• The travel washing line got used most days, as did the headlamps, travel clock, earplugs, teddies and toys.  The only thing which didn’t get much use, apart from the thermals, was the first aid kit.  Which is no bad thing.
  • We lost three quite expensive things, which was really annoying.  Both pairs of swimming goggles were a victim of Dickon’s Sportacus obsession.  They were worn frequently, including to breakfast, but strangely enough, not when he was swimming.  Both pairs got taken off and left somewhere near a swimming pool, never to be found again.  We also lost a headlamp, which I think was a victim of its own attractiveness.  The children loved playing with them and probably put one somewhere obscure, which I missed when packing.  If we are away for nine months, we need to be more careful with our stuff, or our whole budget will be spent replacing things.


  • We stayed in four hotels and one flat in Our house in Bad RagazSwitzerland.  The flat was great, and it was nice staying in a place for a week, having access to a big garden and cooking for ourselves.  The children particularly enjoyed the chance to settle in somewhere.  The downside was that they kept breaking the little nicknacks and we spent a lot of time tidying, cleaning, and moving breakable objects to high shelves.
  • The hotels were all at the cheaper, guesthouse, end of the market, but clean, comfortable, and with less things to break.  This suited us very well.  Two of them had one room with five beds, the smartest had two connecting rooms with two beds each.  In the latter, they were very happy to provide us with an extra mattress.  They were all very friendly, with amazing breakfasts.  One had a playroom stuffed full of toys, and another had a tiny garden with a slide and other play equipment.
  • Our biggest issue with all sharing a room was getting everyone to go to sleep at night.  Our children are normally pretty good at going to bed in their own rooms, but the novelty of us being together made them a bit more excitable.  By about the third night, Eve and Ned were settling well, but Dickon was still leaping out of bed every 10 seconds for the table football, hotel Sonnenhaldebest part of an hour.  He was thrilled to find that hotels all have light switches right by the beds and made the most of this discovery.  The very latest we got them all to bed was about 9.30 on our first night, which if you take the one hour time change into account isn’t bad.  And they mostly slept through the night and woke up at a reasonable hour (after 6am, which those of you with small children will know could be a lot worse).  Having suffered many sleep traumas when away from home over the years, I was reassured that things are improving.  And again, Dickon will be a year older when we leave for our round the world trip, and hopefully a little calmer.  Although writing this, I feel sad that I’m wishing his bonkers toddlerhood away.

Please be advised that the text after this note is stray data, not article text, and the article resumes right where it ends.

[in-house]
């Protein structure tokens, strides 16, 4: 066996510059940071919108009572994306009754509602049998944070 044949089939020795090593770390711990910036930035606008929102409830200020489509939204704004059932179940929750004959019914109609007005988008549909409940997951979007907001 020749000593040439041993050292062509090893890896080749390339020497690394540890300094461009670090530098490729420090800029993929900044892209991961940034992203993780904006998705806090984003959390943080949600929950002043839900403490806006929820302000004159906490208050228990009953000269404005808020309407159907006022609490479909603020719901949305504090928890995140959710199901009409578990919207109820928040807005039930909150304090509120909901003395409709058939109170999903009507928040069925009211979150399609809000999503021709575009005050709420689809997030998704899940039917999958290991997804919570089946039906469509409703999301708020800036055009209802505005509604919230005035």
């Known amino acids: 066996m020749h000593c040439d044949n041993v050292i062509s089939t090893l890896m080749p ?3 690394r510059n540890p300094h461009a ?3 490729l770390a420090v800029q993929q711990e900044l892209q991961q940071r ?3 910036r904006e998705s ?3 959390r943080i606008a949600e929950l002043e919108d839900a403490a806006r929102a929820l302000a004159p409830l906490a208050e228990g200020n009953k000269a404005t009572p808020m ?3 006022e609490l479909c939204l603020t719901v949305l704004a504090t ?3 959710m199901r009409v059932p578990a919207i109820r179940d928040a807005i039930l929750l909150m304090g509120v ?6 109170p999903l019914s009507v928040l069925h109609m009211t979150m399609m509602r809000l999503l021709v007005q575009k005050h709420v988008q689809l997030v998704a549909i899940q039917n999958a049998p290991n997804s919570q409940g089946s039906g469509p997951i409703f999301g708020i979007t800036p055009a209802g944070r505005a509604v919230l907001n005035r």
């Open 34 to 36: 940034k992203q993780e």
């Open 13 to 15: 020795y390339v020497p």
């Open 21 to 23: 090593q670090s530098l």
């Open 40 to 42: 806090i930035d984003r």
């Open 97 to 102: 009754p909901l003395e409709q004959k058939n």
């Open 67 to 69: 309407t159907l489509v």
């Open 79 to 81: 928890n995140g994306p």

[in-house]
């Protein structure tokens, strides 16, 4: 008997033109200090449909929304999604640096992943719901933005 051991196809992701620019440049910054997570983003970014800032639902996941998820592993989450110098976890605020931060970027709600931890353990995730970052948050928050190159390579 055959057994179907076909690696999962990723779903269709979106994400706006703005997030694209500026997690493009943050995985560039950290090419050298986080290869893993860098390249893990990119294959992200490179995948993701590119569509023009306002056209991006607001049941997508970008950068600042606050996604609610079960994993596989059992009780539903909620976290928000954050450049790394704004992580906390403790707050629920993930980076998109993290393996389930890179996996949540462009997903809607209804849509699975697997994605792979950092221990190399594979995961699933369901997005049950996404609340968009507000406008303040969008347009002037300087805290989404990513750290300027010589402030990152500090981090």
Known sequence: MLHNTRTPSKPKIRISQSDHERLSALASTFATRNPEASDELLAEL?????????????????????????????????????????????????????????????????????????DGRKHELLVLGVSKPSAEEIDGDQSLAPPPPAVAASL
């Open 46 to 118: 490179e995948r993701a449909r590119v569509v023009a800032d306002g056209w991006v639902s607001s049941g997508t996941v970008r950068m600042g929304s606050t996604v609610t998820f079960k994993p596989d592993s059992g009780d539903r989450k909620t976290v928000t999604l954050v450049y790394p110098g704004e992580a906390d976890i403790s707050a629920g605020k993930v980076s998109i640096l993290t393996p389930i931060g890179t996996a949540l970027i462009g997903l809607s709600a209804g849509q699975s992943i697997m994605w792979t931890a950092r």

• We used the ipod to keep Eve entertained when the boys were asleep.  She loved listening to audio books or podcasts and it kept her quiet and in bed.
  • One advantage of us all sharing was that Steve and I got lots of sleep.  Once the children were settled, I’d read with my headlamp for an hour or two.  Steve, who’s never good at staying up late at the best of times was usually asleep BEFORE the children, and had to be nudged frequently when his snoring gave them the giggles.